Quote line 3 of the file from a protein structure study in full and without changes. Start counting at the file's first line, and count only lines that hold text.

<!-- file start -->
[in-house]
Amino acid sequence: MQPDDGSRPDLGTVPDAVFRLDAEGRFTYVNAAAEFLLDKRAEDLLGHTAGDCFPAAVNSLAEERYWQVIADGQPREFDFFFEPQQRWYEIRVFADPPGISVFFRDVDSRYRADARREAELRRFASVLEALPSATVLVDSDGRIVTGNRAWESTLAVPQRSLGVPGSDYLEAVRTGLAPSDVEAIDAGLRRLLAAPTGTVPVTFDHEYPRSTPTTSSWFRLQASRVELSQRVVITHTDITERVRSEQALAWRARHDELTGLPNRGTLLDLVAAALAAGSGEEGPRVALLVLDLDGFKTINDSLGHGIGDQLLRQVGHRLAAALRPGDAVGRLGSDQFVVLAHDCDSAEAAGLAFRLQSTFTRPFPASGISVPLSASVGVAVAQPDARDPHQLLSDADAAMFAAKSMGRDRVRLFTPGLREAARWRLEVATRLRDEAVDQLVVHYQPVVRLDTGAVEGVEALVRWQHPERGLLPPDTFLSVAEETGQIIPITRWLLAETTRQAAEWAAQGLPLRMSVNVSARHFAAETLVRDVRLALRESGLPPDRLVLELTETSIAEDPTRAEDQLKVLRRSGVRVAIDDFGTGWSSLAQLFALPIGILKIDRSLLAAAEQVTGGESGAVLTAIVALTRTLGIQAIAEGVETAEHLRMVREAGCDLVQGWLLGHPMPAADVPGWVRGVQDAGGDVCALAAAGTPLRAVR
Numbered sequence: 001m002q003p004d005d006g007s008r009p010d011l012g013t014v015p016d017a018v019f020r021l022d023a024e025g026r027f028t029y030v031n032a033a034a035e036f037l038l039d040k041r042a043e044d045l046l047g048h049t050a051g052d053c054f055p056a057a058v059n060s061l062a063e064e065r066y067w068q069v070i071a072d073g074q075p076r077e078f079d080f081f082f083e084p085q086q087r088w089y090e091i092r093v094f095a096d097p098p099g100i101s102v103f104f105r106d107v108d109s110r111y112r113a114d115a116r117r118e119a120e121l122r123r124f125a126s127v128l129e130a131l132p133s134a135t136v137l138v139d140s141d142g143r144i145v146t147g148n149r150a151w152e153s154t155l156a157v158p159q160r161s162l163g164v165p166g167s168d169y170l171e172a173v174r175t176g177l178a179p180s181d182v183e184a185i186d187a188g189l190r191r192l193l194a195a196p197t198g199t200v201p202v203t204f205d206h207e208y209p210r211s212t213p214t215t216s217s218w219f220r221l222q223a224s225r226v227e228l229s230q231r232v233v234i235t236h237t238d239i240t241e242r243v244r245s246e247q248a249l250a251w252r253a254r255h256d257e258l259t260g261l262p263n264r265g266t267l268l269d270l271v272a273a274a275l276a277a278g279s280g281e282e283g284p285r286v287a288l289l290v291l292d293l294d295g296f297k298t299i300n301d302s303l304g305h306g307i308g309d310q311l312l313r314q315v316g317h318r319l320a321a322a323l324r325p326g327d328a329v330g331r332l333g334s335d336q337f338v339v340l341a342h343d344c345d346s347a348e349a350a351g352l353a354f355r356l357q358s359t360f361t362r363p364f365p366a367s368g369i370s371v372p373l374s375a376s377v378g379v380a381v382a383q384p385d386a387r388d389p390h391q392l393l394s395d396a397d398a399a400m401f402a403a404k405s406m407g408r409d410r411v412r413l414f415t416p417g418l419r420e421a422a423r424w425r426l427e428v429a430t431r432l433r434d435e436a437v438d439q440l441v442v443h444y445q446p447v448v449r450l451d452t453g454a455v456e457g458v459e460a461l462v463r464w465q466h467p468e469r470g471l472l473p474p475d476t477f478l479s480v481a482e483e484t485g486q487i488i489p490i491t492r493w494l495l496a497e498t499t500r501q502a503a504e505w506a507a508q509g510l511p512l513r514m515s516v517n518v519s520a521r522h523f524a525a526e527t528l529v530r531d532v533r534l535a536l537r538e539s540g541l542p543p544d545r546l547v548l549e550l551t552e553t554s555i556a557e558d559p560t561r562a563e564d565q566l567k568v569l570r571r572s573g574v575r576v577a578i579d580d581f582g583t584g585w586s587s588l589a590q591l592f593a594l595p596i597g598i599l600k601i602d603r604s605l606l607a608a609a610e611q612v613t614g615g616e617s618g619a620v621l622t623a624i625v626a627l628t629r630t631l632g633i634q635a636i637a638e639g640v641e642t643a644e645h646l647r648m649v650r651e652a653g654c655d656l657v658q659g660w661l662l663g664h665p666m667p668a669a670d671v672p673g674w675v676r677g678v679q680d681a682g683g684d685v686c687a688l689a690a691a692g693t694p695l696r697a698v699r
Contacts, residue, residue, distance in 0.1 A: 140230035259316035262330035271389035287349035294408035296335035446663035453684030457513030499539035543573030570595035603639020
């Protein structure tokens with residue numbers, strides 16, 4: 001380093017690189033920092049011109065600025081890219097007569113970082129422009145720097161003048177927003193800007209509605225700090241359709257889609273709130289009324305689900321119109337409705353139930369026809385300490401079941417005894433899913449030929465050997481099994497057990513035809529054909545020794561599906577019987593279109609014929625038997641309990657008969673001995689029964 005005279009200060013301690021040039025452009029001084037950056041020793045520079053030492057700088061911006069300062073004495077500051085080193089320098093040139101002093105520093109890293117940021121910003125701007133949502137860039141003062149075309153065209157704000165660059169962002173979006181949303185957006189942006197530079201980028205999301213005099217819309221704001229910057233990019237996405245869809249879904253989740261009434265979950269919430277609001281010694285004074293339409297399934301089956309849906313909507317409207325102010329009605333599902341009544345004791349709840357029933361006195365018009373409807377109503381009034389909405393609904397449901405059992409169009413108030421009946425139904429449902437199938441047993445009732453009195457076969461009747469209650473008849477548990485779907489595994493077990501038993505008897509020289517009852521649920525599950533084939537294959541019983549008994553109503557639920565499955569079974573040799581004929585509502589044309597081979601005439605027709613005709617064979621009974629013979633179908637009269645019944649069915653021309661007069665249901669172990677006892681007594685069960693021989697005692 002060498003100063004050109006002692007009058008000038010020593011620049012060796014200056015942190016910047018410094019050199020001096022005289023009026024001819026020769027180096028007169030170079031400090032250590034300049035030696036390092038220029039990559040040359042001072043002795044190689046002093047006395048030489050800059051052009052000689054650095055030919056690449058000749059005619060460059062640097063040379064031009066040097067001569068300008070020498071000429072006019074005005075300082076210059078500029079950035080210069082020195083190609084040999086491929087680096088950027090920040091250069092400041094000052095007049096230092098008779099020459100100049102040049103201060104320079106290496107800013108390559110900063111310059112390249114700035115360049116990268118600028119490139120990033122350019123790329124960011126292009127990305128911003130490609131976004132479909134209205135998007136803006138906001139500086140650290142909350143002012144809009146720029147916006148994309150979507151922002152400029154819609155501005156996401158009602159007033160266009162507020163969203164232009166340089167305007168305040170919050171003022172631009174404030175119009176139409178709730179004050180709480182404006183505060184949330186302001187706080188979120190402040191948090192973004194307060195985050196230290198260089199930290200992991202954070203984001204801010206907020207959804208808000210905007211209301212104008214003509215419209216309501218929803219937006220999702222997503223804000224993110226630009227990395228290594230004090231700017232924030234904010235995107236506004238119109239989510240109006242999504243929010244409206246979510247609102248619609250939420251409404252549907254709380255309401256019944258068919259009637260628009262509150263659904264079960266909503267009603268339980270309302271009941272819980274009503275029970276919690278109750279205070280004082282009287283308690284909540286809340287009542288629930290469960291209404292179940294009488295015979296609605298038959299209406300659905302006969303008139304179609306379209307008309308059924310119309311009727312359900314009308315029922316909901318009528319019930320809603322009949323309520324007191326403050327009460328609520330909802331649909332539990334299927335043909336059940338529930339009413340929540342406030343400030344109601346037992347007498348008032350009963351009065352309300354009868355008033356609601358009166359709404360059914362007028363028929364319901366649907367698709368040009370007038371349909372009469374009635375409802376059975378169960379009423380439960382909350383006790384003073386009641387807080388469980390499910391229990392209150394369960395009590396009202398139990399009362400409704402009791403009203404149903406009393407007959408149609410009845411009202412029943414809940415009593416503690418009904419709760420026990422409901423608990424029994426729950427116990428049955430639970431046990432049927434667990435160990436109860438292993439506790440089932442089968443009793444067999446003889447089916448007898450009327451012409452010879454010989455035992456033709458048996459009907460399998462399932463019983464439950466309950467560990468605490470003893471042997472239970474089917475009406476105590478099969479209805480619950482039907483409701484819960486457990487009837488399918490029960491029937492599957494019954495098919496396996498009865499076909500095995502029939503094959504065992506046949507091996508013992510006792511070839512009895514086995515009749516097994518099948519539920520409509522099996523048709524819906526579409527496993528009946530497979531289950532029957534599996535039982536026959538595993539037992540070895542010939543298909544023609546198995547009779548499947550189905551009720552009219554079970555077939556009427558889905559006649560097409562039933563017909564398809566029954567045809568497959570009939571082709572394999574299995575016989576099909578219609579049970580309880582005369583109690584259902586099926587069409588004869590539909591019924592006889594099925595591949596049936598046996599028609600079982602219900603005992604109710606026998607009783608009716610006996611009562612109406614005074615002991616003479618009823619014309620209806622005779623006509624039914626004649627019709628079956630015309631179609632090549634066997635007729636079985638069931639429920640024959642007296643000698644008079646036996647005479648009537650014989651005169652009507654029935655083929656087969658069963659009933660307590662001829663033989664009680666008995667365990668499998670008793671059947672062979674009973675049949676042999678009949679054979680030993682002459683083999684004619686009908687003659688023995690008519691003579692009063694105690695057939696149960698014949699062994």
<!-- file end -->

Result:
Numbered sequence: 001m002q003p004d005d006g007s008r009p010d011l012g013t014v015p016d017a018v019f020r021l022d023a024e025g026r027f028t029y030v031n032a033a034a035e036f037l038l039d040k041r042a043e044d045l046l047g048h049t050a051g052d053c054f055p056a057a058v059n060s061l062a063e064e065r066y067w068q069v070i071a072d073g074q075p076r077e078f079d080f081f082f083e084p085q086q087r088w089y090e091i092r093v094f095a096d097p098p099g100i101s102v103f104f105r106d107v108d109s110r111y112r113a114d115a116r117r118e119a120e121l122r123r124f125a126s127v128l129e130a131l132p133s134a135t136v137l138v139d140s141d142g143r144i145v146t147g148n149r150a151w152e153s154t155l156a157v158p159q160r161s162l163g164v165p166g167s168d169y170l171e172a173v174r175t176g177l178a179p180s181d182v183e184a185i186d187a188g189l190r191r192l193l194a195a196p197t198g199t200v201p202v203t204f205d206h207e208y209p210r211s212t213p214t215t216s217s218w219f220r221l222q223a224s225r226v227e228l229s230q231r232v233v234i235t236h237t238d239i240t241e242r243v244r245s246e247q248a249l250a251w252r253a254r255h256d257e258l259t260g261l262p263n264r265g266t267l268l269d270l271v272a273a274a275l276a277a278g279s280g281e282e283g284p285r286v287a288l289l290v291l292d293l294d295g296f297k298t299i300n301d302s303l304g305h306g307i308g309d310q311l312l313r314q315v316g317h318r319l320a321a322a323l324r325p326g327d328a329v330g331r332l333g334s335d336q337f338v339v340l341a342h343d344c345d346s347a348e349a350a351g352l353a354f355r356l357q358s359t360f361t362r363p364f365p366a367s368g369i370s371v372p373l374s375a376s377v378g379v380a381v382a383q384p385d386a387r388d389p390h391q392l393l394s395d396a397d398a399a400m401f402a403a404k405s406m407g408r409d410r411v412r413l414f415t416p417g418l419r420e421a422a423r424w425r426l427e428v429a430t431r432l433r434d435e436a437v438d439q440l441v442v443h444y445q446p447v448v449r450l451d452t453g454a455v456e457g458v459e460a461l462v463r464w465q466h467p468e469r470g471l472l473p474p475d476t477f478l479s480v481a482e483e484t485g486q487i488i489p490i491t492r493w494l495l496a497e498t499t500r501q502a503a504e505w506a507a508q509g510l511p512l513r514m515s516v517n518v519s520a521r522h523f524a525a526e527t528l529v530r531d532v533r534l535a536l537r538e539s540g541l542p543p544d545r546l547v548l549e550l551t552e553t554s555i556a557e558d559p560t561r562a563e564d565q566l567k568v569l570r571r572s573g574v575r576v577a578i579d580d581f582g583t584g585w586s587s588l589a590q591l592f593a594l595p596i597g598i599l600k601i602d603r604s605l606l607a608a609a610e611q612v613t614g615g616e617s618g619a620v621l622t623a624i625v626a627l628t629r630t631l632g633i634q635a636i637a638e639g640v641e642t643a644e645h646l647r648m649v650r651e652a653g654c655d656l657v658q659g660w661l662l663g664h665p666m667p668a669a670d671v672p673g674w675v676r677g678v679q680d681a682g683g684d685v686c687a688l689a690a691a692g693t694p695l696r697a698v699r